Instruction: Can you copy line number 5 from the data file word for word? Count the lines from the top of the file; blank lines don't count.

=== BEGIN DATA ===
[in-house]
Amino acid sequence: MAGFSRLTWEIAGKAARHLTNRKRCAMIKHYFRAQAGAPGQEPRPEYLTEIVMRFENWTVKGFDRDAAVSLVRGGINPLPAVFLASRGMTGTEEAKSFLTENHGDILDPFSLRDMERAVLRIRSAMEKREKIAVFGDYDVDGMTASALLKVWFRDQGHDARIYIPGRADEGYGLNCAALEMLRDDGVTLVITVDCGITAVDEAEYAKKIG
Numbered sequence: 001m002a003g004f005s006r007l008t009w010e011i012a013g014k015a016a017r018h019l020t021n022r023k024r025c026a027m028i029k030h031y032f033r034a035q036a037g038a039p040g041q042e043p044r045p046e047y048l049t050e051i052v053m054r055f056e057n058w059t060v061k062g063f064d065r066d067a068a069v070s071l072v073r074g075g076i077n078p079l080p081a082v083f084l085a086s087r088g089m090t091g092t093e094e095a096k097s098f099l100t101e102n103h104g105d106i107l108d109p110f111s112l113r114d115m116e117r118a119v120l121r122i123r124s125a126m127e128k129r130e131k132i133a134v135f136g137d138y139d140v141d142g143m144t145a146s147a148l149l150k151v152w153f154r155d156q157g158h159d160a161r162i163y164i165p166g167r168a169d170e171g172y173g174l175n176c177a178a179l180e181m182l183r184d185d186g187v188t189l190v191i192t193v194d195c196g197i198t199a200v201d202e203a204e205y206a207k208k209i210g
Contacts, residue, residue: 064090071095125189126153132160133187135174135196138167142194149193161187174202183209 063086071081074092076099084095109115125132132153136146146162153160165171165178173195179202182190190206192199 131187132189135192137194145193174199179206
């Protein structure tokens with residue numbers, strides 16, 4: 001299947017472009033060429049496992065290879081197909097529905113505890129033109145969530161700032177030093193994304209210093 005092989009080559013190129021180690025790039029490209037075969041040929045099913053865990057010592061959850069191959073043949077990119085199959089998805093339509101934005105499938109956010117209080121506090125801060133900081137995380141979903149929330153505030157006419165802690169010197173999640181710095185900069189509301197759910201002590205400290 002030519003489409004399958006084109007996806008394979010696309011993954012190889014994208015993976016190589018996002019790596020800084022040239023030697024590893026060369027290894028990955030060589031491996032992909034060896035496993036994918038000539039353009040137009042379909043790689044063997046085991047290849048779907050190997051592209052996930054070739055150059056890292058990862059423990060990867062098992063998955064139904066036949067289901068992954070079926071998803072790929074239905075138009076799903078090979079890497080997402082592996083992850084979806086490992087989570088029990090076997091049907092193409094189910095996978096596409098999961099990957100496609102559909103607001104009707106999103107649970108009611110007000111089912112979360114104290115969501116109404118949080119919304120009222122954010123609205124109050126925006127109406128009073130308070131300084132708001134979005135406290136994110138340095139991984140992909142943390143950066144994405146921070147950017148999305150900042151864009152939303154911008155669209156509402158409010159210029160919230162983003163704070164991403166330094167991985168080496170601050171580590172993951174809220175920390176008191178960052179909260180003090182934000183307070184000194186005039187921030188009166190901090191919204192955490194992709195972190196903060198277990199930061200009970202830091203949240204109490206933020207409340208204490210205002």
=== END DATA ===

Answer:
């Protein structure tokens with residue numbers, strides 16, 4: 001299947017472009033060429049496992065290879081197909097529905113505890129033109145969530161700032177030093193994304209210093 005092989009080559013190129021180690025790039029490209037075969041040929045099913053865990057010592061959850069191959073043949077990119085199959089998805093339509101934005105499938109956010117209080121506090125801060133900081137995380141979903149929330153505030157006419165802690169010197173999640181710095185900069189509301197759910201002590205400290 002030519003489409004399958006084109007996806008394979010696309011993954012190889014994208015993976016190589018996002019790596020800084022040239023030697024590893026060369027290894028990955030060589031491996032992909034060896035496993036994918038000539039353009040137009042379909043790689044063997046085991047290849048779907050190997051592209052996930054070739055150059056890292058990862059423990060990867062098992063998955064139904066036949067289901068992954070079926071998803072790929074239905075138009076799903078090979079890497080997402082592996083992850084979806086490992087989570088029990090076997091049907092193409094189910095996978096596409098999961099990957100496609102559909103607001104009707106999103107649970108009611110007000111089912112979360114104290115969501116109404118949080119919304120009222122954010123609205124109050126925006127109406128009073130308070131300084132708001134979005135406290136994110138340095139991984140992909142943390143950066144994405146921070147950017148999305150900042151864009152939303154911008155669209156509402158409010159210029160919230162983003163704070164991403166330094167991985168080496170601050171580590172993951174809220175920390176008191178960052179909260180003090182934000183307070184000194186005039187921030188009166190901090191919204192955490194992709195972190196903060198277990199930061200009970202830091203949240204109490206933020207409340208204490210205002």